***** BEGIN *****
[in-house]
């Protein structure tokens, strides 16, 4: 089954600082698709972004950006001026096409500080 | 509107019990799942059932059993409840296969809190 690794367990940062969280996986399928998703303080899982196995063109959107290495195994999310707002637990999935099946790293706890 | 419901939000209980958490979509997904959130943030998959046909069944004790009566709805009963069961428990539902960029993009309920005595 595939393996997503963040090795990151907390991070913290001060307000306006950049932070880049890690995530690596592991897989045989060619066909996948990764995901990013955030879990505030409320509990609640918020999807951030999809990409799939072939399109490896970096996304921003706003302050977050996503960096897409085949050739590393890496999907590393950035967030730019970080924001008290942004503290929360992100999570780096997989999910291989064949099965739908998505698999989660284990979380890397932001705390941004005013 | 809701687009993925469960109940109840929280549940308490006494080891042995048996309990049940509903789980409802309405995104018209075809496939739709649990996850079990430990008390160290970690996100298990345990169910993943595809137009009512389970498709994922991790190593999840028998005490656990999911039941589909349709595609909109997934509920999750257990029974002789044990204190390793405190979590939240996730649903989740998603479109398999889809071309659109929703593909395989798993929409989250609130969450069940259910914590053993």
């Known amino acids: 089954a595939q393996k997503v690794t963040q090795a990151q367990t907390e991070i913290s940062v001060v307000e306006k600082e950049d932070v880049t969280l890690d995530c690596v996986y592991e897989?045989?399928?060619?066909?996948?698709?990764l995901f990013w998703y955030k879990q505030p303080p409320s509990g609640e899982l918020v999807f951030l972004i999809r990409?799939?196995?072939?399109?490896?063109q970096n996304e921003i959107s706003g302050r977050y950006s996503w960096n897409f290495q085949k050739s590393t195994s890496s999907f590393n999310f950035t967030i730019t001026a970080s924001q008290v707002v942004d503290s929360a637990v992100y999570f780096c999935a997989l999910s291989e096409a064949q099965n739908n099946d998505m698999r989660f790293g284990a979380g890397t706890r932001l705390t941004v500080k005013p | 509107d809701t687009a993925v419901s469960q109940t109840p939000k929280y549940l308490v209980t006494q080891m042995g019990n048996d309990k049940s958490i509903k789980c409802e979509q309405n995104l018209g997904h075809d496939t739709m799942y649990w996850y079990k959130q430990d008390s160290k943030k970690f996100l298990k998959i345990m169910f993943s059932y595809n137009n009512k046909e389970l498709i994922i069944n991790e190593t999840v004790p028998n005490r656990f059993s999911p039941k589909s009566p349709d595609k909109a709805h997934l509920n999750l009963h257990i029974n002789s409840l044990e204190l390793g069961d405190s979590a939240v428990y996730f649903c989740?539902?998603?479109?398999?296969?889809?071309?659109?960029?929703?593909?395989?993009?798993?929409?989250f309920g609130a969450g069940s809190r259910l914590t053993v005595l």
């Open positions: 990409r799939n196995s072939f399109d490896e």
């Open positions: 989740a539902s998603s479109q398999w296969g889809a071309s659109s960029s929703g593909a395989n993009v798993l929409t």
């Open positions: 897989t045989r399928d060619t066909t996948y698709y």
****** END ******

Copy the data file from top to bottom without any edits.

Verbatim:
[in-house]
């Protein structure tokens, strides 16, 4: 089954600082698709972004950006001026096409500080 | 509107019990799942059932059993409840296969809190 690794367990940062969280996986399928998703303080899982196995063109959107290495195994999310707002637990999935099946790293706890 | 419901939000209980958490979509997904959130943030998959046909069944004790009566709805009963069961428990539902960029993009309920005595 595939393996997503963040090795990151907390991070913290001060307000306006950049932070880049890690995530690596592991897989045989060619066909996948990764995901990013955030879990505030409320509990609640918020999807951030999809990409799939072939399109490896970096996304921003706003302050977050996503960096897409085949050739590393890496999907590393950035967030730019970080924001008290942004503290929360992100999570780096997989999910291989064949099965739908998505698999989660284990979380890397932001705390941004005013 | 809701687009993925469960109940109840929280549940308490006494080891042995048996309990049940509903789980409802309405995104018209075809496939739709649990996850079990430990008390160290970690996100298990345990169910993943595809137009009512389970498709994922991790190593999840028998005490656990999911039941589909349709595609909109997934509920999750257990029974002789044990204190390793405190979590939240996730649903989740998603479109398999889809071309659109929703593909395989798993929409989250609130969450069940259910914590053993």
């Known amino acids: 089954a595939q393996k997503v690794t963040q090795a990151q367990t907390e991070i913290s940062v001060v307000e306006k600082e950049d932070v880049t969280l890690d995530c690596v996986y592991e897989?045989?399928?060619?066909?996948?698709?990764l995901f990013w998703y955030k879990q505030p303080p409320s509990g609640e899982l918020v999807f951030l972004i999809r990409?799939?196995?072939?399109?490896?063109q970096n996304e921003i959107s706003g302050r977050y950006s996503w960096n897409f290495q085949k050739s590393t195994s890496s999907f590393n999310f950035t967030i730019t001026a970080s924001q008290v707002v942004d503290s929360a637990v992100y999570f780096c999935a997989l999910s291989e096409a064949q099965n739908n099946d998505m698999r989660f790293g284990a979380g890397t706890r932001l705390t941004v500080k005013p | 509107d809701t687009a993925v419901s469960q109940t109840p939000k929280y549940l308490v209980t006494q080891m042995g019990n048996d309990k049940s958490i509903k789980c409802e979509q309405n995104l018209g997904h075809d496939t739709m799942y649990w996850y079990k959130q430990d008390s160290k943030k970690f996100l298990k998959i345990m169910f993943s059932y595809n137009n009512k046909e389970l498709i994922i069944n991790e190593t999840v004790p028998n005490r656990f059993s999911p039941k589909s009566p349709d595609k909109a709805h997934l509920n999750l009963h257990i029974n002789s409840l044990e204190l390793g069961d405190s979590a939240v428990y996730f649903c989740?539902?998603?479109?398999?296969?889809?071309?659109?960029?929703?593909?395989?993009?798993?929409?989250f309920g609130a969450g069940s809190r259910l914590t053993v005595l």
């Open positions: 990409r799939n196995s072939f399109d490896e």
């Open positions: 989740a539902s998603s479109q398999w296969g889809a071309s659109s960029s929703g593909a395989n993009v798993l929409t």
């Open positions: 897989t045989r399928d060619t066909t996948y698709y």